Question Video: Vector-Valued Functions Mathematics • Higher Education

Sketch the graph of the vector-valued function π‘Ÿ(𝑑) = (5 cos 𝑑) 𝑖 + (5 sin 𝑑) 𝑗.


Video Transcript

Sketch the graph of the vector-valued function π‘Ÿ of 𝑑 equals five cos 𝑑 𝑖 plus five sin 𝑑 𝑗.

Let’s begin by thinking about what this vector-valued function actually tells us. It takes a real number 𝑑 and the output is a position vector. The horizontal component is five cos 𝑑 and its vertical component is five sin 𝑑. We could say that in the π‘₯𝑦-plane, the π‘₯-value of any coordinate on our graph would be given by five cos 𝑑 and the 𝑦-value would be given by five sin 𝑑. And then, once we’re armed with this information, we could do one of two things. We could construct a table and try inputting various values of 𝑑 and plotting the π‘₯- and 𝑦-coordinates. Alternatively, we can try manipulating our equations to eliminate 𝑑 and see if we get something we recognise.

Let’s look at that latter method. We begin by spotting that we have a function in cos of 𝑑 and one in sin of 𝑑. Now, we know that cos squared 𝑑 plus sin squared 𝑑 equals one. So we’re going to square each expression for π‘₯ and 𝑦 and find their sum. We obtain π‘₯ squared to be equal to five squared cos squared 𝑑 or 25 cos squared 𝑑. And similarly, 𝑦 squared is 25 sin squared 𝑑. Then, we see that π‘₯ squared plus 𝑦 squared is 25 cos squared 𝑑 plus 25 sin squared 𝑑. We factor by 25. And on the right-hand side, our expression becomes 25 times cos squared 𝑑 plus sin squared 𝑑. Of course, cos squared 𝑑 plus sin squared 𝑑 is equal to one. So we find that π‘₯ squared plus 𝑦 squared equals 25.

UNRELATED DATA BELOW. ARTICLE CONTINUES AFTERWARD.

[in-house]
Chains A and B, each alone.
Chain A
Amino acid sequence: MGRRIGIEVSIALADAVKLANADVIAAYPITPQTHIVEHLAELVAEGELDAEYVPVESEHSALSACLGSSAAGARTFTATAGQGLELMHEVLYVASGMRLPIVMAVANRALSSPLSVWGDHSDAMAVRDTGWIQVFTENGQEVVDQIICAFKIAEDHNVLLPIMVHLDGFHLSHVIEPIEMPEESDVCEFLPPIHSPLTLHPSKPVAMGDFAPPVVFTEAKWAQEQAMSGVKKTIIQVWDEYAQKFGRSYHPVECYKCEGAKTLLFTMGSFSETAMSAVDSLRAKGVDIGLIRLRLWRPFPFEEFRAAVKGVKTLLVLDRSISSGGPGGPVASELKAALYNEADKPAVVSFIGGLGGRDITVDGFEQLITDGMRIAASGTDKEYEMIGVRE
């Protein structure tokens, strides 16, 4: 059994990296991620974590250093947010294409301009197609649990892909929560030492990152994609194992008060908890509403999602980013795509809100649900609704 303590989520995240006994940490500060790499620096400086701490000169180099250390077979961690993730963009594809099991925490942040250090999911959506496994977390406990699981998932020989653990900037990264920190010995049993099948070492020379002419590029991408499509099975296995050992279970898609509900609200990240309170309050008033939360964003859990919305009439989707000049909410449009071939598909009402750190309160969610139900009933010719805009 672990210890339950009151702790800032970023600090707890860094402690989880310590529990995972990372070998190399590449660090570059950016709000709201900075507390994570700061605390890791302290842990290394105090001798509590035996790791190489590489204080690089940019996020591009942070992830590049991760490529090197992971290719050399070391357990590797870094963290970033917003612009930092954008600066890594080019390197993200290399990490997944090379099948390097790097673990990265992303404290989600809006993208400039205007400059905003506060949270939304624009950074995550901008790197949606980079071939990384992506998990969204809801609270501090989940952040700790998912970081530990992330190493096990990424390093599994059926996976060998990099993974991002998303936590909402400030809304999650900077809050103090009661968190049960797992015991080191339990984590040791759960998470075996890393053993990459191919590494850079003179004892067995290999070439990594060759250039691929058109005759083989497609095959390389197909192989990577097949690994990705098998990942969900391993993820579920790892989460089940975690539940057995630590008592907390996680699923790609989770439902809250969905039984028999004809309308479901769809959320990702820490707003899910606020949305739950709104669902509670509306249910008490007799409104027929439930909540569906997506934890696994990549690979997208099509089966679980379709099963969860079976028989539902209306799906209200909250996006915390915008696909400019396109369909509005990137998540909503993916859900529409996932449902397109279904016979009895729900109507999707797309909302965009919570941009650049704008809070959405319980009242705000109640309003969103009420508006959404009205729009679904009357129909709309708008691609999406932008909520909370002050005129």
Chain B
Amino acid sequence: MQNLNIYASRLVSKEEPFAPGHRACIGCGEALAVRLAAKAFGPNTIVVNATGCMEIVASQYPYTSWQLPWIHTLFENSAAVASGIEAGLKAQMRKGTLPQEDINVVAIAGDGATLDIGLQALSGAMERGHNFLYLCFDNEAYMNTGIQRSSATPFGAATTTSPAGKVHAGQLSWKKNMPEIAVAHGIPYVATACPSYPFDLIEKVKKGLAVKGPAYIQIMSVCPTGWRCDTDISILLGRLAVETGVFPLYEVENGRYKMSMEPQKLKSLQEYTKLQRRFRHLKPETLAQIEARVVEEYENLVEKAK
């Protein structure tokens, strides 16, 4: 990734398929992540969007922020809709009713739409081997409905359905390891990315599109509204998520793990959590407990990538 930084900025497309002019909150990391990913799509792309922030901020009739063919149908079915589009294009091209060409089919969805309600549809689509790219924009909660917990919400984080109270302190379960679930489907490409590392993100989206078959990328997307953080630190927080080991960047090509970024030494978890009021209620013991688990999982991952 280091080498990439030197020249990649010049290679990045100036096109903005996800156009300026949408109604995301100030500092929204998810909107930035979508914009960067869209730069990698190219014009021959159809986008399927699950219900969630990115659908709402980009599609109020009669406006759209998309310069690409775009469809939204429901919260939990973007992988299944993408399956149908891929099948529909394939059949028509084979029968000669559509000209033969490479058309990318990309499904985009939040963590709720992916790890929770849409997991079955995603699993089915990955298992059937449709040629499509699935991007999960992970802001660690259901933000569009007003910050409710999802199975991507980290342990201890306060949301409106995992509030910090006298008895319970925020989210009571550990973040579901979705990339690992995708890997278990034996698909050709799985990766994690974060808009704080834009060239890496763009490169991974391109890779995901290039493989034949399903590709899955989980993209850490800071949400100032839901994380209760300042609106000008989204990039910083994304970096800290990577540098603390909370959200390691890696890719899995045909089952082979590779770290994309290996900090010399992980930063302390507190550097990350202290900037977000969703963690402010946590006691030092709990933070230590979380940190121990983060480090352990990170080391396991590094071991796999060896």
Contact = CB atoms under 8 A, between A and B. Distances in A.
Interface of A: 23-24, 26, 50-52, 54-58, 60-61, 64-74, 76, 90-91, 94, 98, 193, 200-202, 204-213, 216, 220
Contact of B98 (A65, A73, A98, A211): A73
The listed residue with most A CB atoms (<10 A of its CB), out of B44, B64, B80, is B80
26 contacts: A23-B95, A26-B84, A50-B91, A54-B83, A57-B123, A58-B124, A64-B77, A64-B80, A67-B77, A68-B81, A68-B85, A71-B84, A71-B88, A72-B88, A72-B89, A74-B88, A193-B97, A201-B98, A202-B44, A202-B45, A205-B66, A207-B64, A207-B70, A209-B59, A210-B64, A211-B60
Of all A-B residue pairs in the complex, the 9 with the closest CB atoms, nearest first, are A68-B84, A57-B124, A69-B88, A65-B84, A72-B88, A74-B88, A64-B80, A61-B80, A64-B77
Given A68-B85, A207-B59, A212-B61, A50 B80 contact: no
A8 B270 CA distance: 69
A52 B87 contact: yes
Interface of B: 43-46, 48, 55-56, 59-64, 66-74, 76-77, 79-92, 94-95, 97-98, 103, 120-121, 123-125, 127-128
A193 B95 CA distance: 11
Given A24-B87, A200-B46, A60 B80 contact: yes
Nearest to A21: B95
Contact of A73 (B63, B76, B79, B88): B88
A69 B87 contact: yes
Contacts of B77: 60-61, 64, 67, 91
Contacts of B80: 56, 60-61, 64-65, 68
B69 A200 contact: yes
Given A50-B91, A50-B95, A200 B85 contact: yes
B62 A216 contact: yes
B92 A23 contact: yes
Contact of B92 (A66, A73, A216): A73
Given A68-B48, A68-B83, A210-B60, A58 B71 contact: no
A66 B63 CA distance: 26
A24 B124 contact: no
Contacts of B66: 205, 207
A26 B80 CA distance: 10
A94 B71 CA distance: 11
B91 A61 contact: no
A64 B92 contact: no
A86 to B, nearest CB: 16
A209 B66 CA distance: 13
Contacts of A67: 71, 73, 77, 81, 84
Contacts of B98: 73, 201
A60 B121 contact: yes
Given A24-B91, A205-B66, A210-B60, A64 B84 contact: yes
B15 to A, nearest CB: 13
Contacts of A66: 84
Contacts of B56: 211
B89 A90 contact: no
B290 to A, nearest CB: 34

And at this stage, you might recognise this equation. It’s the equation for a circle whose centre is at the origin and whose radius is the square root of 25 or five units. And now, we have enough information to be able to sketch our graph. It’s going to look a little something like this. Now, we aren’t actually quite finished. Notice how we created an equation in π‘₯ and 𝑦. These are parametric equations. And when we plot a parametric graph, we must consider the direction in which the curve is sketched. So we’re going to take a couple of values of 𝑑. Let’s take 𝑑 equals zero and 𝑑 equals one.

When 𝑑 is equal to zero, we know that π‘₯ is equal to five times cos of zero, which is just five. Similarly, 𝑦 is equal to five sin of zero, which is zero. And so, we begin by plotting the coordinate of five, zero. Similarly, when 𝑑 is equal to one, π‘₯ is equal to five times cos of one, which is zero, and 𝑦 is equal to five sin of one, which is five. So we move from five, zero to zero, five. This tells us we’re moving along this circle in a counterclockwise direction. And so, we add the arrows, as shown.

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